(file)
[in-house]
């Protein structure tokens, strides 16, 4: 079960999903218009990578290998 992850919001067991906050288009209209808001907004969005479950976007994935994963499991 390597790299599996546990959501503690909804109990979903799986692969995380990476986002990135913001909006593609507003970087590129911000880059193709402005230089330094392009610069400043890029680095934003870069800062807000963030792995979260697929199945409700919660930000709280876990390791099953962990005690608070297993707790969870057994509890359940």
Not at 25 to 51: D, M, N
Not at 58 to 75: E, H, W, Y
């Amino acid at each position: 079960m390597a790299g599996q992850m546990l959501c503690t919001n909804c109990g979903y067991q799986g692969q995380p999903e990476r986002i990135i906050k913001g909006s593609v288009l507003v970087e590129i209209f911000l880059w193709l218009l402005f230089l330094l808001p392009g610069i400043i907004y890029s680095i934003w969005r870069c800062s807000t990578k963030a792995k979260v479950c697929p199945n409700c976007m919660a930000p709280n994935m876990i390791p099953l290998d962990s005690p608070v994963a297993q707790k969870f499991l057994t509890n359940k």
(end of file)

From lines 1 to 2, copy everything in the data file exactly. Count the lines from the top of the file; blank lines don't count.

[in-house]
């Protein structure tokens, strides 16, 4: 079960999903218009990578290998 992850919001067991906050288009209209808001907004969005479950976007994935994963499991 390597790299599996546990959501503690909804109990979903799986692969995380990476986002990135913001909006593609507003970087590129911000880059193709402005230089330094392009610069400043890029680095934003870069800062807000963030792995979260697929199945409700919660930000709280876990390791099953962990005690608070297993707790969870057994509890359940």